Holistic, self-contained, and independent developed over millenniums, traditional Chinese medicine (TCM) is the embodiment of a cosmic view, rooted in Yin-Yang and Wuxing, in the inner working of human bodies. The TCM traces its origin to the Yellow Emperor’s Canon of Medicine, which systematically builds the basic tenants of Chinese medicine in the language of Yin-Yang and Wuxing. Westerners may be familiar with the term Yin-Yang but not with the term Wuxing, whose standard translation is “five elements,” which is, unfortunately, a bit misleading. In Wuxing the Chinese try to describe the characteristics of changes in matters, rather than the matters themselves, using the oldest tool of the Chinese thinkers: analogy. In philosophy and in medicine, the Chinese are more interested in how things change, rather than the things in themselves. The Yin and Yang are two opposing forces behind all changes in nature and in human body. Likewise, in Wuxing, water, fire, wood, metal, and earth are used as analogies to symbolize the mutual relationships of promotion and restriction. Take, for example, water, in nature it nourishes the wood and restricts fire; in human body it mirrors kidney, promotes liver (wood), and restricts heart (fire). It is through such analogies Wuxing is systematically used to explain human physiology and pathology [1, 2]. Starting with the Yellow Emperor’s Canon of Medicine, Wuxing has become the cornerstone of the TCM that has evolved over the millenniums and is still the basis of the TCM, that is, widely practiced today in China and beyond.

There is little doubt in the effectiveness of some of the TCM practices even in the West, as the wide acceptance of acupuncture, for example, attests. It is also widely recognized, however, that due to the historical and cultural differences, the tenants of TCM are often considered rather abstract and vague and are prone to misinterpretations, in the context of Western science. The values of TCM and the desire to understand it in the language of Western science have occupied the minds of scholars of many generations, East and West.

Much work has been done to quantify the TCM using the methodologies of modern science, including those from anatomy, physiology, pathology, pharmacology, biochemistry, cell biology, and molecular biology. Much progress has been made that gives us new insight into the workings of human body, disease, and treatments, all based on the TCM. The limitations of such line of investigation, however, are also evident in dissecting the holistic TCM using the reductive approach of the modern science. Physiologically and pathologically, a living body is not just a collection of molecules, cells, tissues, and organs, governed, but it is a complex whole governed by the laws of interrelationships among them and between them and their environments Precisely such interrelationships are front and central in the conceptions of the TCM and have been largely beyond the grasp of quantitative studies of the Western science. The missing link, it seems, is the science of interrelationships, to which we now turn.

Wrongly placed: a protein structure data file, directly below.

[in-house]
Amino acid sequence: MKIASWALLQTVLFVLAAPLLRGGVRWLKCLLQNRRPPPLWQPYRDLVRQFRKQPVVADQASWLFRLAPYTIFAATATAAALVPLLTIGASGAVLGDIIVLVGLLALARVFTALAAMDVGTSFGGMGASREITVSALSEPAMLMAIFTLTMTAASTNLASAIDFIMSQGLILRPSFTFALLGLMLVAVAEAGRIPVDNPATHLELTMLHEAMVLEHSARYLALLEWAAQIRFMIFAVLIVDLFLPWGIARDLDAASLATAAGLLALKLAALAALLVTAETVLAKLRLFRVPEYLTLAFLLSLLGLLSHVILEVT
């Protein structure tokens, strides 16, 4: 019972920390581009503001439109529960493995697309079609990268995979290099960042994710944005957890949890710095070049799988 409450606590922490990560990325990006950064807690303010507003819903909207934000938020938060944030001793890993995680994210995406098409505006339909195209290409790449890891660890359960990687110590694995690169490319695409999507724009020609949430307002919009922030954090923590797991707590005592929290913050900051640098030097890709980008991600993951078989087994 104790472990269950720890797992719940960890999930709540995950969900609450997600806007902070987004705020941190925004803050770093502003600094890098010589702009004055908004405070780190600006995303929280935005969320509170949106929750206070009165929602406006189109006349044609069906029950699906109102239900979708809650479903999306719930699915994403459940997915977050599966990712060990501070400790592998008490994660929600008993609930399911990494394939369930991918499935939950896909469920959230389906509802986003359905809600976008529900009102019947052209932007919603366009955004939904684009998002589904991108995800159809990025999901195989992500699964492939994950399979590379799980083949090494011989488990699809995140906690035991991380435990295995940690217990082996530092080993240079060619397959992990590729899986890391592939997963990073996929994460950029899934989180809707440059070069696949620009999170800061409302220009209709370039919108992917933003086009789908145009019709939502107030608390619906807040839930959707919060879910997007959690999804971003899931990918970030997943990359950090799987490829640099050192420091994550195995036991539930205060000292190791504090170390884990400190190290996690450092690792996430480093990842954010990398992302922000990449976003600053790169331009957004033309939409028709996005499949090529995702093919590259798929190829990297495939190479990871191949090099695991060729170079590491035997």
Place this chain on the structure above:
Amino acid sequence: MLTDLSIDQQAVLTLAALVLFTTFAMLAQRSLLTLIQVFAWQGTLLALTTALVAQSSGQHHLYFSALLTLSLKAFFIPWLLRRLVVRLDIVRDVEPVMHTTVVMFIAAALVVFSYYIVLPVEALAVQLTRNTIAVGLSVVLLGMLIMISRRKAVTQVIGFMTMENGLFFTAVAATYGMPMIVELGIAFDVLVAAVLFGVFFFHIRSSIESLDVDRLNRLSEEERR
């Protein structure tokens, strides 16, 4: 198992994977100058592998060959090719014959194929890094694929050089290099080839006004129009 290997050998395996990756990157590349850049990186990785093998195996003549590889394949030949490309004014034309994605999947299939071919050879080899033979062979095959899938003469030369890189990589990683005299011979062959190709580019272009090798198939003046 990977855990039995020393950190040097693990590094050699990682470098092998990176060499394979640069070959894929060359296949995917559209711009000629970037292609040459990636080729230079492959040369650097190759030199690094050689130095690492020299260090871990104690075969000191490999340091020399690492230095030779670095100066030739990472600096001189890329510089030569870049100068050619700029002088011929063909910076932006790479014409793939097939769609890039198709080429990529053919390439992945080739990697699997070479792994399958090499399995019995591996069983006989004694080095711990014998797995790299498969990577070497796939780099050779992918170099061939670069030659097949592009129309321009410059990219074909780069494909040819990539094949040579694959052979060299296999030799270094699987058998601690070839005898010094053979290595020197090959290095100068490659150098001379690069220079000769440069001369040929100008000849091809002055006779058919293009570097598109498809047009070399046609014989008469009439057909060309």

It is well known in cell biology that a cell, the basic building block of life, constantly communicates with its environment and other cells in what is called cell signaling, which describes the generation, transmission, and reception of biological signals as well as the sequence of actions they trigger. Such “signaling” is commonly seen in engineering systems and is the subject of study in separate engineering disciplines such as signal processing, control, and communication. Such commonalities behind the biological and engineering mechanisms did not escape the mind of the American mathematician Wiener, who in 1948 wrote the landmark book titled “Cybernetics: or Control and Communication in the Animal and the Machine” [3], followed by Tsien’s book of “Engineering Cybernetics” in 1954 based on which a whole new engineering science of mutual relationships was born [4].

Unlike other natural sciences of matter, energy, heat, and so forth, cybernetics, according to Tsien, is a general science of “the qualitative aspects of the interrelations among various components of a system and the synthetic behavior of the complete mechanism.” Sounds like Wuxing? For example, in Wuxing one is concerned with the balance of the whole system, natural or human; likewise, in cybernetics one is mesmerized by the quality called stability, which is found not in individual components of a system but in how they are connected, or related, to each other. This shared concern by Wuxing and cybernetics on the holistic behavior rather than the material parts of system gives rise to the hope that, perhaps, the ideas of the TCM can be exposited through the language of cybernetics, a basic tenant of this paper. Instead of the five elements, we use the phase the cybernetic model of Wuxing in this paper to emphasize the connection and commonality in Wuxing and cybernetics.